​How about excise taxes? Not all companies file excise tax returns, but many do. So you need to put that on your list if you have that in your purview. If you’re involved in international operations, duties would fall on that list. So you need to put that down.

​How about payroll taxes? Payroll tax is kind of an interesting idea because frequently it’s handled in the HR department, right? That makes sense, the HR department knows who’s on the payroll, they know what the rates are, and they know what benefits people get, so that makes a lot of sense. But let me pause at a hypothetical for you. What happens if you have an installation in Montana, you’re not located in Montana, this is the first time you’ve ever gone to Montana, you send somebody to Montana to assist with the installation. Somebody in the HR department, one of your smart people in the HR department says, wait a second, we’ve got people in Montana, maybe we should be filing a tax return in Montana. They look at the rules and based on your facts, yep, you’ve got to file. What do you do?

​Well, this is a two-part question. The first part is, What are the rules? and this person is determined that you have to file, that’s important. The second question is, Will you file? Now I’m a tax advisor and I don’t advise people not to follow the law. But I’m well aware that pragmatically, companies will say, we have never been in the state before, we’re going to be there for one day, we’re never going back. We don’t want to enmesh ourselves in filing a return in a state where we’re going to have to wait for two or three years to extract ourselves all the time paying somebody to file those returns.

​Who should make that decision? Should it be the HR director, they have visibility to the HR issues. They have no visibility to the income tax issues or the sales tax issues. So that decision should be made by the CFO.

​Sales Tax Sales tax is the wild west of taxes. And what I mean by this is you would hope, you would hope that with sales taxes being so ubiquitous in the United States that the rules would be somewhat consistent. ; Absolutely not the case. Every state has a different rule. In the time I’ve been preparing for this presentation, a couple weeks, I believe there are two states that have changed their rules. Let me give you an example of what I’m talking about. You live in Wisconsin, you’re going to buy a book, if you go downtown and buy the book you will pay sales tax. The bookseller will collect the tax, remit it to the state, states fine, everything is copacetic. But you go online to buy the book, you buy it from somebody in New Mexico, do they collect sales tax? Well, they may, they may not. What you’ve stumbled on is a concept called Nexus.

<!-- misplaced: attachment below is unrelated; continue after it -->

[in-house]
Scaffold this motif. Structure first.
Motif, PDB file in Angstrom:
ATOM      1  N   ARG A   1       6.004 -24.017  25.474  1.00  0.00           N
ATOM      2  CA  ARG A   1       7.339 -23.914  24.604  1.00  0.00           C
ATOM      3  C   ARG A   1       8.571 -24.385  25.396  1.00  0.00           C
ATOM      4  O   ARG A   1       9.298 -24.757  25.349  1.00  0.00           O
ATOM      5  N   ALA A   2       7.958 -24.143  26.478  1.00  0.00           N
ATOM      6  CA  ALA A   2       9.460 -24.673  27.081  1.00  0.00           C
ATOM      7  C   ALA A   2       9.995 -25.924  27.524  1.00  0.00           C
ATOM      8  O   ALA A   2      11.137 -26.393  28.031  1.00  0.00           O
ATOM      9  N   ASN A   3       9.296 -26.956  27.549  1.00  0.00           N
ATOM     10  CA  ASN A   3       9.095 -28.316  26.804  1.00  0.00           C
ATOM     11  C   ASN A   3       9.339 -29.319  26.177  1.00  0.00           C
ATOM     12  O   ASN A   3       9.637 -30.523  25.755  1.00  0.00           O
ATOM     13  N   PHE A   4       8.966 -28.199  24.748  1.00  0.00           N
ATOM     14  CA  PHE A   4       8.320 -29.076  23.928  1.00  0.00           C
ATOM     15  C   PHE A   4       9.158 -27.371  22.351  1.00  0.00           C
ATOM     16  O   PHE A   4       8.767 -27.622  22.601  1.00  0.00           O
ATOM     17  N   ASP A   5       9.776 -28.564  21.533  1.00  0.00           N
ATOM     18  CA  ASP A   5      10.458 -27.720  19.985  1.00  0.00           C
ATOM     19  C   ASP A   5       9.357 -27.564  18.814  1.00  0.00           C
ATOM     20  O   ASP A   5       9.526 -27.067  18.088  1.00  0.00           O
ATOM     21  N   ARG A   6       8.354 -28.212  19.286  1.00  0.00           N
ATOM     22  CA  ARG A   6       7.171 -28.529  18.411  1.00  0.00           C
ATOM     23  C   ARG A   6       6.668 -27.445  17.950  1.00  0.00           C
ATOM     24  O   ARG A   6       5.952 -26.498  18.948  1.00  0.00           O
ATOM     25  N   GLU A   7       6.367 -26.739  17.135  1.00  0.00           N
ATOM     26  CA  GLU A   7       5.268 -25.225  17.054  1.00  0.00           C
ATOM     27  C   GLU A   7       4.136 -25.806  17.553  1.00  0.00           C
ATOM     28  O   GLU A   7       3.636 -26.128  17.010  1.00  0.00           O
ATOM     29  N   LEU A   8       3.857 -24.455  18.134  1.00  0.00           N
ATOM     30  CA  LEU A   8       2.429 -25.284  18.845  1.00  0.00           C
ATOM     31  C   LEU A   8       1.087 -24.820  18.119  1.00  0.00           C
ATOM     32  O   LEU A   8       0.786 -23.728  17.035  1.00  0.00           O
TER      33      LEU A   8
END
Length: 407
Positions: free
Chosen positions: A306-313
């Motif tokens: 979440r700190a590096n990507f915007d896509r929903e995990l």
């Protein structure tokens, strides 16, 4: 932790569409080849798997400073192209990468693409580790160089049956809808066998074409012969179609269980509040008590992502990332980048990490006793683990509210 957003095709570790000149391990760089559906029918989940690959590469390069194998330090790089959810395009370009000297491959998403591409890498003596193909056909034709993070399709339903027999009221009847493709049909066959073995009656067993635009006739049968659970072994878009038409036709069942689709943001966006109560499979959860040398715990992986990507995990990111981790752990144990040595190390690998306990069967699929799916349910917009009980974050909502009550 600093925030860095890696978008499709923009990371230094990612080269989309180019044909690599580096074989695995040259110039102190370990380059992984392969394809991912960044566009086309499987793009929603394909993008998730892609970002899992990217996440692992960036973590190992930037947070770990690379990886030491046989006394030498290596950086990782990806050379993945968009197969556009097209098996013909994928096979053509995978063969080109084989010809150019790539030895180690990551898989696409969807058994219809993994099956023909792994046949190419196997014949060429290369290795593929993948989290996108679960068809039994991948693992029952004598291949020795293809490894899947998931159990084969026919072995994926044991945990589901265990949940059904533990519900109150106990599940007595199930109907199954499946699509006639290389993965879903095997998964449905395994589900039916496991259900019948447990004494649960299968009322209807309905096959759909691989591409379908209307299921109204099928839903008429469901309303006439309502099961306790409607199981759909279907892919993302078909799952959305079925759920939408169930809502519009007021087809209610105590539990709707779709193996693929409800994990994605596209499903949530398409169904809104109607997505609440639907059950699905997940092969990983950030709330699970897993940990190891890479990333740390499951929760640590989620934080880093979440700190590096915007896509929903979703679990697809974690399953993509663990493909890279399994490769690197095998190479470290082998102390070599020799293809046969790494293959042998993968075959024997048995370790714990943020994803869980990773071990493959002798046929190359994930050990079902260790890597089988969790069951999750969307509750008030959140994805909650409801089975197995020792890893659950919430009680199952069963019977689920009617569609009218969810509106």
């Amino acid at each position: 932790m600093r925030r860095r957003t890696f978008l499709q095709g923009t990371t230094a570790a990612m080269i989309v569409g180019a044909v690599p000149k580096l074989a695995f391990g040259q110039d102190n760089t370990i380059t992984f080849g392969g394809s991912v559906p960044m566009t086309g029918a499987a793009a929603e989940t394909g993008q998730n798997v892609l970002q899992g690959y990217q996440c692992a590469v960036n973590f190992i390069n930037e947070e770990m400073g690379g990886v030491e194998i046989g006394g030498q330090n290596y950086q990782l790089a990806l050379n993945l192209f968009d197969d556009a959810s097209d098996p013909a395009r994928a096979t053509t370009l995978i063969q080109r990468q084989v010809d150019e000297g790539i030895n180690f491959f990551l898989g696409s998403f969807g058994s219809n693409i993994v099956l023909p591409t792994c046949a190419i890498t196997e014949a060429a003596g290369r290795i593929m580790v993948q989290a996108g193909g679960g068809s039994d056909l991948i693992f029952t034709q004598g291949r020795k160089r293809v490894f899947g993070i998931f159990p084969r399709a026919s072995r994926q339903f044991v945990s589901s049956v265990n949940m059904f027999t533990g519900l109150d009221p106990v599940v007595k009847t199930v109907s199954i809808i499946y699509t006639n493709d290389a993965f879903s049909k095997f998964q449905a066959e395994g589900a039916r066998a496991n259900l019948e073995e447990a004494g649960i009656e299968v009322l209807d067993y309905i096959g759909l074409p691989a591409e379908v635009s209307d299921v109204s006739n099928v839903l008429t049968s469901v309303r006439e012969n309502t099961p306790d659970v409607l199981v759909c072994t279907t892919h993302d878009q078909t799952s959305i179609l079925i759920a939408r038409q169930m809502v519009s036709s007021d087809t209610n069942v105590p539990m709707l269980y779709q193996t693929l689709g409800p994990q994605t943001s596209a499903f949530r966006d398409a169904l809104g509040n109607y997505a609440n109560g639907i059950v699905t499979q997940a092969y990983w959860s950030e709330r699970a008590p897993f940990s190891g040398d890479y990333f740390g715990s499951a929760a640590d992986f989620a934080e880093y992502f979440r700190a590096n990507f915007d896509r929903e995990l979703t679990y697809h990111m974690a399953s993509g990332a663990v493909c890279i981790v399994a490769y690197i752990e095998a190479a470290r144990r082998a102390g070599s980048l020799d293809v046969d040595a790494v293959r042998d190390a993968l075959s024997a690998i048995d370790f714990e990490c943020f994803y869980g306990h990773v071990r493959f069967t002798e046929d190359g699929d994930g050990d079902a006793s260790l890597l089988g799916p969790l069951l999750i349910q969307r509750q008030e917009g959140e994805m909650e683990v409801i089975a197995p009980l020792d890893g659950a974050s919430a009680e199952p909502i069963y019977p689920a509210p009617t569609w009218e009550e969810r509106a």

​Nexus is the term tax people use to describe the connection between a taxing jurisdiction and a taxpayer such that the taxing jurisdiction can compel the taxpayer to either file a return, pay tax or in the example I’ve just given collect sales tax. Well it would be nice if those rules were all consistent; and ironically, we’ve had this issue for a long time and the Supreme Court ruled on this and said, well, to compel an out of state seller to collect sales tax, the out of state seller has to have a physical presence in the state. Well, that’s pretty clear. You got a body there you’ve got some equipment, a warehouse. States don’t follow that rule. Massachusetts has expanded the rule. Massachusetts says, well, if somebody in Massachusetts goes online and buys something from somebody in New Hampshire, and the seller in New Hampshire puts a cookie on the buyer’s computer, that cookie is physical presence, is that physical presence? I don’t know, they think it is. Somebody will have to determine that in the courts. And that’s where the case is right now.